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Grief is not just an experience of the head and heart. Rather, grief is a whole body experience, impacting the individual physically, emotionally, spiritually, and cognitively. The list of ways in which grief may manifest itself is almost endless. While most people recognize grief when it comes in the form of sadness, tears, and loss of interest in normal activities, most do not recognize grief in the form of anxiety and frustration. These too are very common “faces” for grief. Further, very few people recognize the physical nature of grief; headaches, intestinal distress, shallow breathing, and extreme fatigue to name just a few.

Because grief is for most people an extremely stressful experience, the body responds in a very physical way. The body absorbs fluids more quickly during grief. Thus, hydration is extremely important. Because grief may last for a long period of time, the body remains in this high-stress mode for some time. Certainly, recent research has proven the toll that stress can take on the body. Thus, managing the grief to reduce this stress is critical. At [the Austin Center for Grief & Loss], all groups begin with a relaxation exercise. Participants say they did not realize how they were carrying themselves until they experienced the relaxed state once again and felt the difference. Other resources for healing include massage therapy, walking, and other forms of exercise, meditation and healthy eating.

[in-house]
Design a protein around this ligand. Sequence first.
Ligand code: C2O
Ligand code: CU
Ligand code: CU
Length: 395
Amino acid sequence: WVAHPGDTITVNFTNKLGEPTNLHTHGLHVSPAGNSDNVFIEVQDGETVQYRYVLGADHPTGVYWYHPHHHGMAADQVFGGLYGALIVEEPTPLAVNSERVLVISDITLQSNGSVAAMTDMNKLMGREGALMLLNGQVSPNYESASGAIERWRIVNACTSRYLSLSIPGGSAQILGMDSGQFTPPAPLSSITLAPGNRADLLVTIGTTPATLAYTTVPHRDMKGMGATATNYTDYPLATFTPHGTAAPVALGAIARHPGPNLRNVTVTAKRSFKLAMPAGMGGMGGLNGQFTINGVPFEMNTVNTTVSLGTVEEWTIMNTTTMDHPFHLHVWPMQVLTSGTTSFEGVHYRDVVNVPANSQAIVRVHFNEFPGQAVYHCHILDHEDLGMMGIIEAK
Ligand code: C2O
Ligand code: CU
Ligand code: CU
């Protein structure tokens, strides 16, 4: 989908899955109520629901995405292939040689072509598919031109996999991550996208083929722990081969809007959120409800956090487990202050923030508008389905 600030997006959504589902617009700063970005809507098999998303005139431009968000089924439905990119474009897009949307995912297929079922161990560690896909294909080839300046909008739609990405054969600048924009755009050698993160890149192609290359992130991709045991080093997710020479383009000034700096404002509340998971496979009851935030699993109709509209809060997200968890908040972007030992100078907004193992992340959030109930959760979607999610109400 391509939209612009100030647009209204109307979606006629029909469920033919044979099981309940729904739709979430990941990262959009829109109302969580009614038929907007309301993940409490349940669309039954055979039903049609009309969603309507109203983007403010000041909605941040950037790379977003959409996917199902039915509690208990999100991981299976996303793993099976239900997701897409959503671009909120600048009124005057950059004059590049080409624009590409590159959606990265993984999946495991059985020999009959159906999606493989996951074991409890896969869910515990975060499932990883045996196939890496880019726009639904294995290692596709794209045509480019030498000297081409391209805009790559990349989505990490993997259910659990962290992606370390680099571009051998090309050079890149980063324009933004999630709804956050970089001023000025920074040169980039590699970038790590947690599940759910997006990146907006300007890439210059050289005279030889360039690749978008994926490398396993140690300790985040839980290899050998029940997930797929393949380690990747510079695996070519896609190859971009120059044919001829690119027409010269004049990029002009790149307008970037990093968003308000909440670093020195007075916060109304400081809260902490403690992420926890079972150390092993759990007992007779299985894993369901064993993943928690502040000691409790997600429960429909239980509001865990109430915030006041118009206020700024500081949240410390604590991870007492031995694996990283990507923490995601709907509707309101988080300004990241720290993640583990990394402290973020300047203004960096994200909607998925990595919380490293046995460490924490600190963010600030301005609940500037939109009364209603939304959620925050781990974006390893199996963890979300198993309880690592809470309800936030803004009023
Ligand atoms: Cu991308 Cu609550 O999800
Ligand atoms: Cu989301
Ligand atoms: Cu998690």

Copyright 2012 The Austin Center for Grief & Loss

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